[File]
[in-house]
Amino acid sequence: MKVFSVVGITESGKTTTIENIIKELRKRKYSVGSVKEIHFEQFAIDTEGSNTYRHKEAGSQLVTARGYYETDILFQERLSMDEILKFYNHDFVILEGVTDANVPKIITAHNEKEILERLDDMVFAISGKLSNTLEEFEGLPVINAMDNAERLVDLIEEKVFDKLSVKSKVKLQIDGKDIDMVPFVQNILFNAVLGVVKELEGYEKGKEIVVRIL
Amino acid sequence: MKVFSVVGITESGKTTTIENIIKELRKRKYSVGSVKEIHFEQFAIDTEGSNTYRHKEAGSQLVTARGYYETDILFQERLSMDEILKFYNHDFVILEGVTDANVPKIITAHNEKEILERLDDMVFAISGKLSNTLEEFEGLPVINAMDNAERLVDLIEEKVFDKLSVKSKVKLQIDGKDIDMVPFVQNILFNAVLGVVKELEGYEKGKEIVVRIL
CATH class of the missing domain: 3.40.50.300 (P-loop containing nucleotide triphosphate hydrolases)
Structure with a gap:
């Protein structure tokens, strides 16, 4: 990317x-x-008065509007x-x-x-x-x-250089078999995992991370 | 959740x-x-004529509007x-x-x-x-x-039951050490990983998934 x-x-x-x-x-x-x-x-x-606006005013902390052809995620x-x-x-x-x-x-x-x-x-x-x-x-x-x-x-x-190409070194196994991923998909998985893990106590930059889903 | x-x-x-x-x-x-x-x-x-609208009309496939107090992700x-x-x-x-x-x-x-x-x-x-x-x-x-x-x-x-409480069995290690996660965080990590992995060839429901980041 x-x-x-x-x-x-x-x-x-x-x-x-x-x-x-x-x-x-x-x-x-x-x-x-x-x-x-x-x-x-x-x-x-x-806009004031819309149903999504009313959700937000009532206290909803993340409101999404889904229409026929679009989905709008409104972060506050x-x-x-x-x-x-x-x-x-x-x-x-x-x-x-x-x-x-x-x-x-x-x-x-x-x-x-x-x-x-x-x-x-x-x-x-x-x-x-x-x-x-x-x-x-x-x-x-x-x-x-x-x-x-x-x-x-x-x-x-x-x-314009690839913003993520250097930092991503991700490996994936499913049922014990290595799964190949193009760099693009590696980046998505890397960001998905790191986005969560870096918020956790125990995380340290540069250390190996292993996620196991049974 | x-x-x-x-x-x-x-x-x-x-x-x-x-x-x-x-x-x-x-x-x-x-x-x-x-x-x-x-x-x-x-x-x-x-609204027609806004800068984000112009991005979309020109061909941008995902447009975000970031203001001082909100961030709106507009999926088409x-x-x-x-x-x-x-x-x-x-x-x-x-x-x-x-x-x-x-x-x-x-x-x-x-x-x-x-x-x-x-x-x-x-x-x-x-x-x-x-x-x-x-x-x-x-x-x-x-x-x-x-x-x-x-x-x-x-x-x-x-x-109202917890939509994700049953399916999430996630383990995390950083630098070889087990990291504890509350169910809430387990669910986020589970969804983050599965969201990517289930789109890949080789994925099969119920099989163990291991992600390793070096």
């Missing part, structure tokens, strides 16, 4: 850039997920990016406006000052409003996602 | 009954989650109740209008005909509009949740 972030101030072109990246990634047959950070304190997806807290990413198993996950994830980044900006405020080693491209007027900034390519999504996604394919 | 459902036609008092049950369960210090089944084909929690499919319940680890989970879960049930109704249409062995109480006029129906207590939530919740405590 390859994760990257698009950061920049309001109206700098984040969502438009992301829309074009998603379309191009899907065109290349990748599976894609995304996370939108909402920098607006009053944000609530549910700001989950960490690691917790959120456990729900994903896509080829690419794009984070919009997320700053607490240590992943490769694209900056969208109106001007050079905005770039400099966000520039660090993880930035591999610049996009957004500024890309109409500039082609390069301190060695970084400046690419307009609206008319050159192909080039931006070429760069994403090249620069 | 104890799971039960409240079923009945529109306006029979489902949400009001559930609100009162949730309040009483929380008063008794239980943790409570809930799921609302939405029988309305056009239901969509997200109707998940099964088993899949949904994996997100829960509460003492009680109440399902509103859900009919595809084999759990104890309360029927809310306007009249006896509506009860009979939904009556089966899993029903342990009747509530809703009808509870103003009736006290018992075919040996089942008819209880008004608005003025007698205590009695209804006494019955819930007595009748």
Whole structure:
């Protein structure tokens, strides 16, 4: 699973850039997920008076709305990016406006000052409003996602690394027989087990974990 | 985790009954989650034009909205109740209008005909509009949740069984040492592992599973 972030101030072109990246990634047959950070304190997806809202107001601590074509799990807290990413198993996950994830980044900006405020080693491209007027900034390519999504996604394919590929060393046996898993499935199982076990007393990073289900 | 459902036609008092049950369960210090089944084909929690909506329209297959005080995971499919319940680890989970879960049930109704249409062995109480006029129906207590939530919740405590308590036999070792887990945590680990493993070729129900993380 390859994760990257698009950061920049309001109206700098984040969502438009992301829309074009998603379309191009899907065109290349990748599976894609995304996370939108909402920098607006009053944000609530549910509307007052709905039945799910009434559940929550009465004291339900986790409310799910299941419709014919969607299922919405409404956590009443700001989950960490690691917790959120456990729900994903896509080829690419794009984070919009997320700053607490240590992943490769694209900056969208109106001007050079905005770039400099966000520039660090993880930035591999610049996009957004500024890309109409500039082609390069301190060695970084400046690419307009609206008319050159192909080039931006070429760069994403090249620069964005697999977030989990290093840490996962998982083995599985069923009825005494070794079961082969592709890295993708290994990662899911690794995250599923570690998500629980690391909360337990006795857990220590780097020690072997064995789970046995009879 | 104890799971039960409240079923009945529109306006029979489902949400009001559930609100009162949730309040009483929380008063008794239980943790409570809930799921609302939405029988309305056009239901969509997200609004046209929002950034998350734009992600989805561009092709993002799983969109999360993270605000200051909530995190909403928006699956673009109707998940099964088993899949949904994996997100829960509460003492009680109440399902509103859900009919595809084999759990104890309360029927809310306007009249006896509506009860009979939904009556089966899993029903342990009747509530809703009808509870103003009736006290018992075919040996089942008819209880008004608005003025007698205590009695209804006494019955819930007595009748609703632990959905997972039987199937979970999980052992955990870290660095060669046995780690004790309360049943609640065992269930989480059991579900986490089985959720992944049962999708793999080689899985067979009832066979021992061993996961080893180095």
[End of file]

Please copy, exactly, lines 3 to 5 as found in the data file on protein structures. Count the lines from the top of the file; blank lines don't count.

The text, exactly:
Amino acid sequence: MKVFSVVGITESGKTTTIENIIKELRKRKYSVGSVKEIHFEQFAIDTEGSNTYRHKEAGSQLVTARGYYETDILFQERLSMDEILKFYNHDFVILEGVTDANVPKIITAHNEKEILERLDDMVFAISGKLSNTLEEFEGLPVINAMDNAERLVDLIEEKVFDKLSVKSKVKLQIDGKDIDMVPFVQNILFNAVLGVVKELEGYEKGKEIVVRIL
CATH class of the missing domain: 3.40.50.300 (P-loop containing nucleotide triphosphate hydrolases)
Structure with a gap: